Tuesday, May 11, 2010

A principled postition on an "atheist/agnostic" for the Supreme Court

Note that the following has become moot for the most recent SCotUS vacancy...

On one of my frequent visits to Richard Dawkins' site I came across a discussion in the News section of an LA Times Op/Ed piece by Marc Cooper whose thesis was that Obama should consider nominating a religious non-believer (actually, Cooper used the word “atheist”) to the Supreme Court of the United States (SCotUS). While it would be nice to have a person of no faith as a member of the SCotUS, actively advocating for an atheist/agnostic as a nominee would constitute a transgression of Article VI, § III of the United States Constitution, which clearly says:

The Senators and Representatives before mentioned, and the Members of the several State Legislatures, and all executive and judicial Officers, both of the United States and of the several States, shall be bound by Oath or Affirmation, to support this Constitution; but no religious test shall ever be required as a qualification to any office or public trust under the United States.

I am fully aware that the religious lobby have been doing a slimy end-run around the “no religious test” clause by using the fears and prejudices of their voting constituencies to subject candidates to de facto (i.e. “unofficial”) religious test for decades. However much fun it would be to turn the tables on believers by having a religious test of our own (by "our own" I mean the skeptical/freethinking/reality-based community, and this includes even the most "wet behind the ears" atheists), in all intellectual honesty, the only correct answer to the question of what sort of "religious test" ought we make up, is “none.” Personally, I would rather stake out the principled Constitutional high ground on this issue. Further, empirical evidence supports the conclusion that religious believers would be utterly blind to the hypocrisy of their own position as any public statement that does not constitute "thunderous applause" for their position is, in fact, in their distorted world view, callous hostility; they seem to not recognize a "yeah, whatever" (insert whiny, nasal sound when you say "whatever") as a dismissal indicating that whatever was said is actually recognized as irrelevant.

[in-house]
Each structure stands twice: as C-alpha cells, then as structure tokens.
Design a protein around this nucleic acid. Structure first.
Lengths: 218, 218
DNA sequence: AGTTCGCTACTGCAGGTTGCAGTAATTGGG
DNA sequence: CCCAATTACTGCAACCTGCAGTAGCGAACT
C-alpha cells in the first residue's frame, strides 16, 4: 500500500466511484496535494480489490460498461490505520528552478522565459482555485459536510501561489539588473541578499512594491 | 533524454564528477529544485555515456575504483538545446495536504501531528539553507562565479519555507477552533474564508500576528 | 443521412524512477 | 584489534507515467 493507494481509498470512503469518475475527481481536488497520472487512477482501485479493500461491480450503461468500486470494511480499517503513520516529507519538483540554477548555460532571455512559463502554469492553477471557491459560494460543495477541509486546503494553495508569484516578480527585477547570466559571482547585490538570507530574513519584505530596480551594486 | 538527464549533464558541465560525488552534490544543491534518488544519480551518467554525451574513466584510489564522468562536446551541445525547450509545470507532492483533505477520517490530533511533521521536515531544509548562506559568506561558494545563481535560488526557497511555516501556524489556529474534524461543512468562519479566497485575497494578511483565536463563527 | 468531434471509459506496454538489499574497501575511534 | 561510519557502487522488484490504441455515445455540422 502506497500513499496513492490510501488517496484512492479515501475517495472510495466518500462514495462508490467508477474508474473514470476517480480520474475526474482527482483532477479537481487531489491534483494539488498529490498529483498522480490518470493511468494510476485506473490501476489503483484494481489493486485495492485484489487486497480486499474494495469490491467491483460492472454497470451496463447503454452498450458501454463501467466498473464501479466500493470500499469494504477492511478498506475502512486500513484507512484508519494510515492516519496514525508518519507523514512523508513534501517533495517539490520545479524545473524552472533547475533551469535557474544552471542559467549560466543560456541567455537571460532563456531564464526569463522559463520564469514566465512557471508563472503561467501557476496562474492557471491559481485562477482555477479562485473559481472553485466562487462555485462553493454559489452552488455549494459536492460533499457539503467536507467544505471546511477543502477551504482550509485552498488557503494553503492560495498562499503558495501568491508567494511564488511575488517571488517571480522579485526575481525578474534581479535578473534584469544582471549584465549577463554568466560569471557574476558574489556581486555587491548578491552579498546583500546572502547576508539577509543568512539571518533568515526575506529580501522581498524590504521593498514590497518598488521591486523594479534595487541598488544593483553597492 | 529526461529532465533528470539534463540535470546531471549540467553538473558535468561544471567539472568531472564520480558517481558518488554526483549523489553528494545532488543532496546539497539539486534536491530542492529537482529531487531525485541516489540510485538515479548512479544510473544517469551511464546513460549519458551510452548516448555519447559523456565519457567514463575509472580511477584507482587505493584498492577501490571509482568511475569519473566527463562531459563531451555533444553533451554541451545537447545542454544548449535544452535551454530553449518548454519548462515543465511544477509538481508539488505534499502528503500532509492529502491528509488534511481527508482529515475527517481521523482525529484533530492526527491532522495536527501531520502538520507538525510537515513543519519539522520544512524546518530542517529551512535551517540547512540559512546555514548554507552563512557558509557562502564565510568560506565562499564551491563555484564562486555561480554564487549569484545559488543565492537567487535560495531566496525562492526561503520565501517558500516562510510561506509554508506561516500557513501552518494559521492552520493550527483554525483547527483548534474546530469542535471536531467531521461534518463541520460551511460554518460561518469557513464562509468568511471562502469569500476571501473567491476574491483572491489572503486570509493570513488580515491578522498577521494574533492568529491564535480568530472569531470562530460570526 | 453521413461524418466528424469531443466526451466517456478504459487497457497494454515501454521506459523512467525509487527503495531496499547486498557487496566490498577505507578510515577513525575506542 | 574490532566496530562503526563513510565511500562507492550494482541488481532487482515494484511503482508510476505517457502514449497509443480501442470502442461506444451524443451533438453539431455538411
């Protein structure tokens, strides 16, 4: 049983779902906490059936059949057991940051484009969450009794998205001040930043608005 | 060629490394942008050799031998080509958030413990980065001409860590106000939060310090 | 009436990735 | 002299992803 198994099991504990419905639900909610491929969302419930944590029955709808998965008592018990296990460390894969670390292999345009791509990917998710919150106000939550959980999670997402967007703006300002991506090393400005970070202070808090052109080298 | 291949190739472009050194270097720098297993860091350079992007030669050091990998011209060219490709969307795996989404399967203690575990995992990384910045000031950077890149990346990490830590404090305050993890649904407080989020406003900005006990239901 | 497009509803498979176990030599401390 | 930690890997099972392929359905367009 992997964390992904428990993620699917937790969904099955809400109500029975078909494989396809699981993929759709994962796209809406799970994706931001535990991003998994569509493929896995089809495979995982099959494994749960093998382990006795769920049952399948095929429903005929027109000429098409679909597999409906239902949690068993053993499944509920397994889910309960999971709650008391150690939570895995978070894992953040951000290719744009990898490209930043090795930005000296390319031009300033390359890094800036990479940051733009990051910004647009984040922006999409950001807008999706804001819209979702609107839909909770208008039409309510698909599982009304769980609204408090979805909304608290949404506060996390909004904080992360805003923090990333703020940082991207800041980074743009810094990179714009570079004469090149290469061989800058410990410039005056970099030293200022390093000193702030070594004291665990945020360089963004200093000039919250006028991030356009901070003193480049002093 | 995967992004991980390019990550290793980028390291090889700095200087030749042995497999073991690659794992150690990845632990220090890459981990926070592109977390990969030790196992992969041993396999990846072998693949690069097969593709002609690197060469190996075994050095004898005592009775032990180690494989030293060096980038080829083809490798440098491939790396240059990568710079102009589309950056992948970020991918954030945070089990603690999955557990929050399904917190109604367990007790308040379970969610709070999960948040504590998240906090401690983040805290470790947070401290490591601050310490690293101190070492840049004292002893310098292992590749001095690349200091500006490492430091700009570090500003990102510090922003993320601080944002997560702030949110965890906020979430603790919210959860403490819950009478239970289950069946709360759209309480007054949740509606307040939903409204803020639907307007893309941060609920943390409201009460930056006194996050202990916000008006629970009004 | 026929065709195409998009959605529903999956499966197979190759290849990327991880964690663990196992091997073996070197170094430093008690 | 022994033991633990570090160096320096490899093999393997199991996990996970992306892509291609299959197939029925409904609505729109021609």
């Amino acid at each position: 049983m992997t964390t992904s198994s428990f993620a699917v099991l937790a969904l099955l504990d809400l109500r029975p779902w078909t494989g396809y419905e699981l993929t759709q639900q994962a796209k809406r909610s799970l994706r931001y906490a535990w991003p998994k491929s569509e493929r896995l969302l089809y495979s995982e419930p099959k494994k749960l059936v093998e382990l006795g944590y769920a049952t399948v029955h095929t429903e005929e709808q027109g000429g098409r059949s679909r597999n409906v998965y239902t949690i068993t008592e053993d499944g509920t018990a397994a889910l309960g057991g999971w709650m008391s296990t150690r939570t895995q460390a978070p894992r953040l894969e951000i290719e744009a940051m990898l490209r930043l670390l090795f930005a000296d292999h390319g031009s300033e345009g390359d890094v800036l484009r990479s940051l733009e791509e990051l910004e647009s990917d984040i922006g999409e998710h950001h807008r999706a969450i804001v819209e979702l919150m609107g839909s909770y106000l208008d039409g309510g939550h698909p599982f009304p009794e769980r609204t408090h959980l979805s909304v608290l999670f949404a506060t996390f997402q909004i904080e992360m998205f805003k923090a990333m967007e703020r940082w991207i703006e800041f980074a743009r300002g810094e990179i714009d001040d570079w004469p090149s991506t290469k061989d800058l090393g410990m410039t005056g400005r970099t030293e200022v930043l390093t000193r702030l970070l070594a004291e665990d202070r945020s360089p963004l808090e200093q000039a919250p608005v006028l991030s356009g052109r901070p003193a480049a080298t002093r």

I think Richard Dawkins phrase “conscious raising” is particularly applicable in this case. I would like to see voters, candidates, and the media become reflexively suspicious of candidates that trot out their piety in order to win votes. Likewise I would like to see fellow citizens, candidates, and the media heap scorn and derision upon voters (whether singly or in groups) that attempt to ascertain the religious opinions of candidates. I would love to see the day when in reply to a question put to a candidate about their religious sentiments, they answer with something like this: “The Framers of the Constitution knew well what kind of damage could be done to a country by inflaming religious prejudices and hatreds among its citizens. This is why Article VI, § III of the United States Constitution specifically forbids religious tests for any 'office or public trust.' What the framers likely did not anticipate was the extent to which citizens could be manipulated into creating an 'unofficial' test by unprincipled demagogues with an agenda that care not a whit for the Constitution. Merely asking a candidate or nominee for public office 'are you religious?' is a "religious test" and is antithetical to the ideals and values upon which our Constitution is based and is about the most un-patriotic, un-American thing I can imagine.”

I must confess to being less than sanguine about the possibility of such a day coming to pass in my lifetime (one cannot say that until you are over 45 btw). But as Alexander Pope wrote in 1733 in his Essay on Man, indeed, "hope springs eternal."